So who is the ‘I’ Descartes is referring to? Grosfoguel opines that there has to be an element of ambiguity within western epistemology in order to appear infallible, universal and objective, thus painting all other structures of knowledge as particular and therefore inferior. Modern Eurocentric sciences are founded on these epistemological assumptions.
Enrique Dussel
Enrique Dussel, a philosopher of liberation in Latin America, questions which geopolitical location, and which body this ‘I’ is speaking from. Grosfoguel interprets Descartes claim as arising from a mentality of 150 years of ‘I conquer therefore I exist.’ This omnipotent claim to knowledge is made possible as the Western system conquered the world and, in terms of epistemic privilege, put Western Imperial man at the centre. Thus, behind ‘I think therefore I exist’ lies ‘I exterminate therefore I exist.’
The evidence for this claim of extermination lies in five forms of genocides:
1.       Indigenous people in America
2.       African people
3.       Muslims
4.       Jews
5.       Genocide of millions of women in 16thc accused of being witches within the Western European world.
By placing himself in an epistemic privileged position, claiming to have a knowledge superior to the knowledge of everybody else, Western man created Idolatric Universalism. This is evident through the centuries; from the 16th century obligation to Christianise through to the 21st century obligation to conform to the Western supremacy of democracy, or face persecution. This is the rhetoric of modernity and genocide, internally rooted in Western epistemology. Any other realm of knowledge is diminished as particularistic.
From Universalism to Pluriversalism
Grosfoguel proposes that the solution to this idolatric Universalism is to move from Universalism to Pluriversalism. Through a multiplicity of epistemology coming into epistemic dialogues, a new universal meaning can be produced. It cannot be forceful idolatric universalism that pretends to be God like. It cannot be imposition by persuasion. The solution is to move into an acceptance of a multiplicity of perspectives.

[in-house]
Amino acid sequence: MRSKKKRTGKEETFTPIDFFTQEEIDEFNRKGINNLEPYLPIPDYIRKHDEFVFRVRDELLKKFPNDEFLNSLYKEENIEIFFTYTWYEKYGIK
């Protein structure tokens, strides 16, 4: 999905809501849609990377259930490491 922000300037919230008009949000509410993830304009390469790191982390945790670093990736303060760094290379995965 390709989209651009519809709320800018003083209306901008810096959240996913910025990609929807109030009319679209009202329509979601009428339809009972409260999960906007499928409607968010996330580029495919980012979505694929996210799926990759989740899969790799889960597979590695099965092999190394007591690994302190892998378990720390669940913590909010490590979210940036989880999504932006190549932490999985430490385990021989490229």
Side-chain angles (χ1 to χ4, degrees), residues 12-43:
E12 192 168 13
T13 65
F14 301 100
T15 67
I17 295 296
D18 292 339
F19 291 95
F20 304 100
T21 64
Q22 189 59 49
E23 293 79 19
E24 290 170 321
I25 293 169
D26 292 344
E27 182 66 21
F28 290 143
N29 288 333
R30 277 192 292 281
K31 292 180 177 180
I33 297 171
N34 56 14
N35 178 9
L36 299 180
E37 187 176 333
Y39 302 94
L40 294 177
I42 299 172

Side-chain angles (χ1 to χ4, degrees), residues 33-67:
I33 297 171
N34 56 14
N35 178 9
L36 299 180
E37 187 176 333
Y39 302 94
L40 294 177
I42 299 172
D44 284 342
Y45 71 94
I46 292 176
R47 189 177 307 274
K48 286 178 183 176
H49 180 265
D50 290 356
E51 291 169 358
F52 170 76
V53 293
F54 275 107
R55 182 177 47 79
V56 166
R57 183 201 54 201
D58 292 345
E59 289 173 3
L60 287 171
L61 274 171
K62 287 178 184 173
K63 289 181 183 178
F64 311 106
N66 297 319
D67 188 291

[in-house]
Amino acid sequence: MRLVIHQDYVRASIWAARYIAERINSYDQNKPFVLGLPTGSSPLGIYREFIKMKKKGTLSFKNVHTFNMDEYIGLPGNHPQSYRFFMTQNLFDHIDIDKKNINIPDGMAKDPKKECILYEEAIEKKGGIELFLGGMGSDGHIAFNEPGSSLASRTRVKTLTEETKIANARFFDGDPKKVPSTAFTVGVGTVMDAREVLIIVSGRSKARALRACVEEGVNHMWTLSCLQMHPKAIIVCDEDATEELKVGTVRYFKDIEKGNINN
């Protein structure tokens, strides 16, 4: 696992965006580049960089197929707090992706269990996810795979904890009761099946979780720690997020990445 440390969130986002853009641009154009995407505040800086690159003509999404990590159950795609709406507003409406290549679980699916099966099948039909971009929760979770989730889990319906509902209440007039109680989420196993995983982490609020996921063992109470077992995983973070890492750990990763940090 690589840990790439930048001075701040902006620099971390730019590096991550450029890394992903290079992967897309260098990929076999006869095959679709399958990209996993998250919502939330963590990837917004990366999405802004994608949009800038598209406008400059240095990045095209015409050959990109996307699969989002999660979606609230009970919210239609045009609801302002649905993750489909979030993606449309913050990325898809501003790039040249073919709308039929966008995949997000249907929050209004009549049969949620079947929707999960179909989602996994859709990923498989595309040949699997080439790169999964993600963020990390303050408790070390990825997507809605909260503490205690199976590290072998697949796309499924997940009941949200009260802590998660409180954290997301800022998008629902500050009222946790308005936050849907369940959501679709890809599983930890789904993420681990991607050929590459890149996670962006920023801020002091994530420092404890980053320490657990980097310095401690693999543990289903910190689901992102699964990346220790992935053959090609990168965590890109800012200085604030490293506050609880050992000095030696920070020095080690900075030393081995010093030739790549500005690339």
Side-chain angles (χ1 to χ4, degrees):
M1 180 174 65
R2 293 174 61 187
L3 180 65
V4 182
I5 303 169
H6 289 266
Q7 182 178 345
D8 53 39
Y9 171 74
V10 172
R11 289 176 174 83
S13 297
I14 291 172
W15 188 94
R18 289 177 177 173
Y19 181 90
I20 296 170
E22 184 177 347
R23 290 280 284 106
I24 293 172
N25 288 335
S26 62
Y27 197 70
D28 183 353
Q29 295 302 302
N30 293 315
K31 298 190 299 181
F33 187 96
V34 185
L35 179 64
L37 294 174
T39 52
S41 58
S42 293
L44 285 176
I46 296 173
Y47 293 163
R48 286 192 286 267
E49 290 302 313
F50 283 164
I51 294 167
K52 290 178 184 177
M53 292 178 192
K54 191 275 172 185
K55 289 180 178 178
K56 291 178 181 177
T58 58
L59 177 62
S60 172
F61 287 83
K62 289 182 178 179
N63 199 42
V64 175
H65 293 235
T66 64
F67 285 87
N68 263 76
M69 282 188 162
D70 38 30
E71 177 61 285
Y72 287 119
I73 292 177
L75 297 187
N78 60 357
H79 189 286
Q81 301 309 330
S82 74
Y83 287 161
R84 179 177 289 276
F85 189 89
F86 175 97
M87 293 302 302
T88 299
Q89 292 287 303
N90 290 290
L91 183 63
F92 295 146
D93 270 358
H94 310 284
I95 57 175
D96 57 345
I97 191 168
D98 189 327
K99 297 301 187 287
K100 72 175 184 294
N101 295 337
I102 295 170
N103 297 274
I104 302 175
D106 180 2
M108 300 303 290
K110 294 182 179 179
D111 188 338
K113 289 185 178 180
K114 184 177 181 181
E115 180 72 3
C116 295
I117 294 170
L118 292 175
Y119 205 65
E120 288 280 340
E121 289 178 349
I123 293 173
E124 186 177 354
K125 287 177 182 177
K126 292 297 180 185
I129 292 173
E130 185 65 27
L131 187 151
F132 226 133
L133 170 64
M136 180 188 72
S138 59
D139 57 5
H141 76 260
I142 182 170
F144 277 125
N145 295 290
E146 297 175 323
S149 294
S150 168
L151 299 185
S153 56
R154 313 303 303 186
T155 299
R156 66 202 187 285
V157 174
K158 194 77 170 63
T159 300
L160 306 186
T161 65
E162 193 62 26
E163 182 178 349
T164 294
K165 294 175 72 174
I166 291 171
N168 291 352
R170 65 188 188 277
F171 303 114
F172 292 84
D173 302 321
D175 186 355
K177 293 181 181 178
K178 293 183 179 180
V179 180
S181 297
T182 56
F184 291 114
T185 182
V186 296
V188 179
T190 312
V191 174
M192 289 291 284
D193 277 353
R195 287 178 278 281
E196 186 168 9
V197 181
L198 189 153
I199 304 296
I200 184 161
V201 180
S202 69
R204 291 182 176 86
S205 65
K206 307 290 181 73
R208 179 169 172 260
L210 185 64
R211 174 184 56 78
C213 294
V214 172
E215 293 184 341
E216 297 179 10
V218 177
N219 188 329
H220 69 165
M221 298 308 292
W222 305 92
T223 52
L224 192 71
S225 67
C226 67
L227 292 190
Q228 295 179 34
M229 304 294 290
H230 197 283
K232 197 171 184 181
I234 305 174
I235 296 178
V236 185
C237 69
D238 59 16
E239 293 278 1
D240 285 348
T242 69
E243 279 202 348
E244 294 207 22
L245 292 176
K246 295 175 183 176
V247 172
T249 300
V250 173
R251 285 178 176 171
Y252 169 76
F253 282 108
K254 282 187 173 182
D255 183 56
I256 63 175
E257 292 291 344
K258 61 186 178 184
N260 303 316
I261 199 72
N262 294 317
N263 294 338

What is racism?
Grosfoguel identifies strongly with Franz Fanon’s definition of racism, which states:
‘Racism is an institutional power structure of superiority/inferiority along the line of the human.’
In the Fanonial sense, boundaries based on colour is only one form of racism. There are two categories that define ones humanity, the zone of being and the zone of non-being. Inside the zone of being, despite inevitable conflict, one is racially privileged. Conflict is managed through access to law, human rights and women’s rights, emancipatory discourses of equality, recognition of rights, autonomy and freedom, with exceptional moments of violence.
In the zone of non-being humanity is not recognized. Conflict management is recognized through perpetual violence, appropriation and oppression. The racism that brands people in the zone of non-being can be colour, ethnicity, religion and national identity. Grosfoguel argues that 80% of humanity falls into this categorisation. This is the fundamental structure of racism: not having access to course of law or emancipatory discourse because humanity is not recognized.
Grosfoguel concludes that Islamophobia is a form of racism in Europe. By constructing a hierarchy of superiority and inferiority along the line of the human, Muslims are dehumanised as savages and violent beings. This racism encompasses religion, culture, race and white supremacy of knowledge. We are reproducing the same structure evident in fifteenth century Andalucia of “divide and rule”. Grosfoguel astutely observes the historiography of Western self-appointed epistemic privilege to prove that the West continues to dictate who is in the zone of being, and who is not?
Source: IHRC - Islamic Human Rights Commission